Experiments with parasites found on plants indicate that even the lowest order of life is enabled to take advantage of natural law. This experiment was made by Jacques Loch, M.D., Ph. D., a member of the Rockefeller Institute.
“In order to obtain the material, potted rose bushes are brought into a room and placed in front of a closed window. If the plants are allowed to dry out, the aphids (parasites), previously wingless, change to winged insects. After the metamorphosis, the animals leave the plants, fly to the window and then creep upward on the glass.”
It is evident that these tiny insects found that the plants on which they had been thriving were dead, and that they could therefore secure nothing more to eat and drink from this source. The only method by which they could save themselves from starvation was to grow temporary wings and fly, which they did.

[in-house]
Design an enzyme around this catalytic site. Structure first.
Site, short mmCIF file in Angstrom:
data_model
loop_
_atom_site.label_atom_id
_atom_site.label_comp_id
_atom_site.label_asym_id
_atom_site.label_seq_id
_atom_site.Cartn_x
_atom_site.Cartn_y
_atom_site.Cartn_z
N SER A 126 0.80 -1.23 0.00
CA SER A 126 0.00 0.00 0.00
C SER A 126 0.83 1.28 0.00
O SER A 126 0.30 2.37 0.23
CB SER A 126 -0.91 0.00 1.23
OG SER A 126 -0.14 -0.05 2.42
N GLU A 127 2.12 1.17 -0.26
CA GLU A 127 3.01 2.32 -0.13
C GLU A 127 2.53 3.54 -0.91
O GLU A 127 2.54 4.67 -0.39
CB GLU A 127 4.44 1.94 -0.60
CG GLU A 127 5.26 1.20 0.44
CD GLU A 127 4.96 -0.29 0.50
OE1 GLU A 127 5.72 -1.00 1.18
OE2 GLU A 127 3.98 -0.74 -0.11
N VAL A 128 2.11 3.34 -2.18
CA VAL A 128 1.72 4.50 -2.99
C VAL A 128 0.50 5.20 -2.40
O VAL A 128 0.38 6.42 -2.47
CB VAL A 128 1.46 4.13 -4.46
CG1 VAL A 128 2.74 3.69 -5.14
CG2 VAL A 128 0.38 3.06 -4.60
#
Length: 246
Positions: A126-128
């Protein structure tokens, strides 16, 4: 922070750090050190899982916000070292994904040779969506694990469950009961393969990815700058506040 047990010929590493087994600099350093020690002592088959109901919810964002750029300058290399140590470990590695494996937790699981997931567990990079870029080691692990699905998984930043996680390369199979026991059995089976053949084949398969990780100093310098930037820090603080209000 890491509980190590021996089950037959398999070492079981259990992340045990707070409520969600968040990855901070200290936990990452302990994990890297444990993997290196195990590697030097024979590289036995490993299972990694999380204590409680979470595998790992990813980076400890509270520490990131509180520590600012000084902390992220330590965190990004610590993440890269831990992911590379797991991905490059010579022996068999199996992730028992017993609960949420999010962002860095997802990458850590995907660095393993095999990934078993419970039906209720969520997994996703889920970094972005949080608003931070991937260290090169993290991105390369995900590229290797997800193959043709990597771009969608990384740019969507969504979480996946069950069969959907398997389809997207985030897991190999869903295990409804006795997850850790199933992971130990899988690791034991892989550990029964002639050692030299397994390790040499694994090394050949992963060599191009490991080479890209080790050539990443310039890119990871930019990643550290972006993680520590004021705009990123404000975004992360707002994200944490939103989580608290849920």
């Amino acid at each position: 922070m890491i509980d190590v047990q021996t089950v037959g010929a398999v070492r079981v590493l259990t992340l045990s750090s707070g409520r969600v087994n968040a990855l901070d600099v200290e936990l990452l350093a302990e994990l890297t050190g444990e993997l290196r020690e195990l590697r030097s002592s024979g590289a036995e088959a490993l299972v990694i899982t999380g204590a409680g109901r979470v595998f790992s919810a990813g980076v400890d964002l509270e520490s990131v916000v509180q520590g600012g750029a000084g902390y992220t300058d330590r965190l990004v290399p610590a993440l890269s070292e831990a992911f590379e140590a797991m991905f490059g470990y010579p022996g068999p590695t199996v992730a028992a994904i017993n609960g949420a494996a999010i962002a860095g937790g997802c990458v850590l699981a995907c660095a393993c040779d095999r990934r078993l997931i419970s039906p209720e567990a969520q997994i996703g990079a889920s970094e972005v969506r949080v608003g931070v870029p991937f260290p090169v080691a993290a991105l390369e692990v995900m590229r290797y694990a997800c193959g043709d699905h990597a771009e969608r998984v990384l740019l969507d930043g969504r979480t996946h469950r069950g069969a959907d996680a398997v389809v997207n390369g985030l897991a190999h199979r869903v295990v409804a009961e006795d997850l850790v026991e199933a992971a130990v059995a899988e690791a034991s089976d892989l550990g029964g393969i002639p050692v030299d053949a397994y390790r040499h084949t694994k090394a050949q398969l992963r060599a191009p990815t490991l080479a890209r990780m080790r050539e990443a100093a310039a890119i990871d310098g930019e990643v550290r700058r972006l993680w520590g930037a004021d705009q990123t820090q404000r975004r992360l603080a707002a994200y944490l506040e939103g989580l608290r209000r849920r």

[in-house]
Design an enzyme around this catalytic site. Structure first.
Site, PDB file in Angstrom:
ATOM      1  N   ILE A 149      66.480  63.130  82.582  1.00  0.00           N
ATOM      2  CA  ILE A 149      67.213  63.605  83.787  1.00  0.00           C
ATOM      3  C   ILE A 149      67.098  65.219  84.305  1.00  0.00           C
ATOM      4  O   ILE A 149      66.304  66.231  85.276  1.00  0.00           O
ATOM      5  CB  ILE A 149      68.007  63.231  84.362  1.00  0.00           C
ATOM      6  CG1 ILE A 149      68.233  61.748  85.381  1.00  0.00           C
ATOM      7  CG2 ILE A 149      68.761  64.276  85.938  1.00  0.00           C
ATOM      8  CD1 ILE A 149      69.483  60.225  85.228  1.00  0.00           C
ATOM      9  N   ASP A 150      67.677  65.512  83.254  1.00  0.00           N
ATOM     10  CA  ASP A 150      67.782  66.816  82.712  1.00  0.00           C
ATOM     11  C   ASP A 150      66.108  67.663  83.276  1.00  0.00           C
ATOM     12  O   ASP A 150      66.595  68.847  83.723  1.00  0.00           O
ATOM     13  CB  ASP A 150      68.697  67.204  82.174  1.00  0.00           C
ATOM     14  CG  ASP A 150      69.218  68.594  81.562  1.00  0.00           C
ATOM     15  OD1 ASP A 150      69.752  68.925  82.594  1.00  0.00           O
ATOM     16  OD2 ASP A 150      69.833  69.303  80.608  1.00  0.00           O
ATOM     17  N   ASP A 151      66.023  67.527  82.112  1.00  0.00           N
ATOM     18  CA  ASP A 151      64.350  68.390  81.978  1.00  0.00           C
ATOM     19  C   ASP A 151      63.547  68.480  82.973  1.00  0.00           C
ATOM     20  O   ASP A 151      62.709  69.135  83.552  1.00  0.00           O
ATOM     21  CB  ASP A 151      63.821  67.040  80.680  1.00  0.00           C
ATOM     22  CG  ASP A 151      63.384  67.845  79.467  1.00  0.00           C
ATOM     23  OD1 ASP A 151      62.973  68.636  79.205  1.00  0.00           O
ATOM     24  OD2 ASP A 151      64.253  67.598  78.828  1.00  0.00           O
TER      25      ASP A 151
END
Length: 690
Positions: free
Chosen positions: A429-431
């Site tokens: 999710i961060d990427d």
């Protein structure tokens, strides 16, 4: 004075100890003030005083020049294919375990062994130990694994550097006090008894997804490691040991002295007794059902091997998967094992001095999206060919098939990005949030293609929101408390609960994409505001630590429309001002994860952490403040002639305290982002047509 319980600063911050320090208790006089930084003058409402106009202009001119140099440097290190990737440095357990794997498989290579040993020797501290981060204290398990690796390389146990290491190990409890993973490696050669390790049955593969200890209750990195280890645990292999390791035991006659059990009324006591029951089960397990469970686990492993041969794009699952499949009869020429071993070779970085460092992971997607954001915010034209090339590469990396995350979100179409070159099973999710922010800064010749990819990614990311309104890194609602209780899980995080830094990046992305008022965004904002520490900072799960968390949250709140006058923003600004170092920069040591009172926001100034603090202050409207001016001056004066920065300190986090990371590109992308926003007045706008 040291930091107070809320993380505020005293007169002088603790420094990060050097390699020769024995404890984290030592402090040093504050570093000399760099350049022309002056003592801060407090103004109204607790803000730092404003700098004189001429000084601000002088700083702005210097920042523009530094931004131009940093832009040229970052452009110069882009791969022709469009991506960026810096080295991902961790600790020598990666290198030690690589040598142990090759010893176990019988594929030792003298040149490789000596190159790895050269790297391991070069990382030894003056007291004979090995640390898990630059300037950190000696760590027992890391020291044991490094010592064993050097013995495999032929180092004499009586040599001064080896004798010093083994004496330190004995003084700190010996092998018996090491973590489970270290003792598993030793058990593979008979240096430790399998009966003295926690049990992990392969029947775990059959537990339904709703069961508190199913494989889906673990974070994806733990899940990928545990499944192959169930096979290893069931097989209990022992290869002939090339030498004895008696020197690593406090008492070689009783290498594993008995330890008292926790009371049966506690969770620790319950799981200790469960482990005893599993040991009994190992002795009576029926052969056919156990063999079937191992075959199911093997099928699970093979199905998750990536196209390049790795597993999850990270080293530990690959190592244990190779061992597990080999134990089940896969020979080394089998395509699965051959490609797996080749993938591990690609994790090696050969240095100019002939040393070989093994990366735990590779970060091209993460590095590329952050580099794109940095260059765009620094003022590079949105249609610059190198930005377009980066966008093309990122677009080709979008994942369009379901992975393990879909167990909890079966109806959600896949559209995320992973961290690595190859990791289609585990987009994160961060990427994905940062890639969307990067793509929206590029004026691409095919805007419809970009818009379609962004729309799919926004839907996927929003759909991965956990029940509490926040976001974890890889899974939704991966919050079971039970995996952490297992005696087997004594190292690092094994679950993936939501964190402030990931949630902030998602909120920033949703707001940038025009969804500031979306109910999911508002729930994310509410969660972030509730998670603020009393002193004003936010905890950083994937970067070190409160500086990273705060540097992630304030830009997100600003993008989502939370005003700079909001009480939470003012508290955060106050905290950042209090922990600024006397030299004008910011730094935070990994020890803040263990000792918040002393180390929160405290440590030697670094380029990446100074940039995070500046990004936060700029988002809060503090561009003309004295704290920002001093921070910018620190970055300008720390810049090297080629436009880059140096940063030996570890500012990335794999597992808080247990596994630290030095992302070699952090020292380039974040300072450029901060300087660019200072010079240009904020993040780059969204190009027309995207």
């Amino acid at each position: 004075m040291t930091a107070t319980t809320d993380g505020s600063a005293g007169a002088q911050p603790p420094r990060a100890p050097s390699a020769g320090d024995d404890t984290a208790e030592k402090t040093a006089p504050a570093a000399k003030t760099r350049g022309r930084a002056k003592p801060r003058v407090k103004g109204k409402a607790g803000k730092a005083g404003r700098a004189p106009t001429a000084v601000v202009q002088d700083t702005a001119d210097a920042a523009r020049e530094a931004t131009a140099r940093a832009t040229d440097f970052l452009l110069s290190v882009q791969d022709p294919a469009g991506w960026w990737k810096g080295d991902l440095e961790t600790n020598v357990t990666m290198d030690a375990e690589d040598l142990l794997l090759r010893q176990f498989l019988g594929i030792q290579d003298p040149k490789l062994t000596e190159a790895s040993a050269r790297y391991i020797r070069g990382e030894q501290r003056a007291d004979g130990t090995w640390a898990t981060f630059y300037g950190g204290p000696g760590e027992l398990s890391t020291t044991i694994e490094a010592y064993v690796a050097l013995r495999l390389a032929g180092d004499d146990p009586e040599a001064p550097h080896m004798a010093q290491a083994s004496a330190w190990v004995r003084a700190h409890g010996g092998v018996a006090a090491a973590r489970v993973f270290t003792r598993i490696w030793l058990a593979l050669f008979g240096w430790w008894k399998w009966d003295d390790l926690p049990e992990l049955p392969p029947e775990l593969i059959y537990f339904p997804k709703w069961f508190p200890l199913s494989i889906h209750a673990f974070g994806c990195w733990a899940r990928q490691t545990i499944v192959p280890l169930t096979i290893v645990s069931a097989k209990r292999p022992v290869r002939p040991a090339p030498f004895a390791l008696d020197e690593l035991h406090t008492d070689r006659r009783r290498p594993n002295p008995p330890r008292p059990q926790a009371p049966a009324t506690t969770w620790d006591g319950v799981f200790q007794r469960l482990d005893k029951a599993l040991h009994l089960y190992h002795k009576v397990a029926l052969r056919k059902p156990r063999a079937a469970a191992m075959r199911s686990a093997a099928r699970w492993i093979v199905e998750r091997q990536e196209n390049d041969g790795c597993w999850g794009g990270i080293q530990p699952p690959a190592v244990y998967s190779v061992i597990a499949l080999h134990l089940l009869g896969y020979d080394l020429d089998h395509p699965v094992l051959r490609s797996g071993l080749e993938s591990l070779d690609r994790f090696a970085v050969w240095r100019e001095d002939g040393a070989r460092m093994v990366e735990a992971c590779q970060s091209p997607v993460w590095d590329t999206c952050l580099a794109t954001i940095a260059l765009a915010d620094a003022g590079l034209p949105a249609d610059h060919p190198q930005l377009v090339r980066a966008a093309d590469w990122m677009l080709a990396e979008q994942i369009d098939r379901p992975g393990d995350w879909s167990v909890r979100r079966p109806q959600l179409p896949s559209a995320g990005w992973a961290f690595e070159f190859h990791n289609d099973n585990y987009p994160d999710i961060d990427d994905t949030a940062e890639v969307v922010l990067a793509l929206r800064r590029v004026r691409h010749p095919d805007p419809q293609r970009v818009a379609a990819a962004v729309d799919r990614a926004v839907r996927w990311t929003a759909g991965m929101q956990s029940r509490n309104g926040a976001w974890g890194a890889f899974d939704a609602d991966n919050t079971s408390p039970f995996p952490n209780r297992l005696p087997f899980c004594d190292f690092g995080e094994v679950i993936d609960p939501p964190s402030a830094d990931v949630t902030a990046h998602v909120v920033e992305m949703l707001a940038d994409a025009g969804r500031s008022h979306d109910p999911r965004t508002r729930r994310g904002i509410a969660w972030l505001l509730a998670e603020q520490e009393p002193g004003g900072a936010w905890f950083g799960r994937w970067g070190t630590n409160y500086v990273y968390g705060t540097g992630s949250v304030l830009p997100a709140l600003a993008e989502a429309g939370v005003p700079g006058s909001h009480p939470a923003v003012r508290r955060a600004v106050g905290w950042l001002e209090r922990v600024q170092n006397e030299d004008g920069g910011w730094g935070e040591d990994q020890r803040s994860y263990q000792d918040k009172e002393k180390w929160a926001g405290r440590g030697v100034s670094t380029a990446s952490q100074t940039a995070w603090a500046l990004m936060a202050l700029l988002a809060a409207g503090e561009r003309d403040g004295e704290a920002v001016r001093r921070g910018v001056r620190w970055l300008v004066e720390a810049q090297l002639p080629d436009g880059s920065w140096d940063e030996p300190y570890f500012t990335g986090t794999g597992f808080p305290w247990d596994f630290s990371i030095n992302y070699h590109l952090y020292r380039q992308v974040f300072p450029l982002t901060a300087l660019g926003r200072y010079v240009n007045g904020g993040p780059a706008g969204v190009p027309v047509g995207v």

Experiments such as these indicate that Omniscience as well as Omnipotence is omnipresent and that the tiniest living thing can take advantage of it in an emergency.
Part Fifteen will tell you more about the law under which we live. It will explain that these laws operate to our advantage; that all conditions and experiences that come to us are for our benefit; that we gain strength in proportion to the effort expended, and that our happiness is best attained through a conscious cooperation with natural laws.
1. The laws under which we live are designed solely for our advantage. These laws are immutable and we cannot escape from their operation.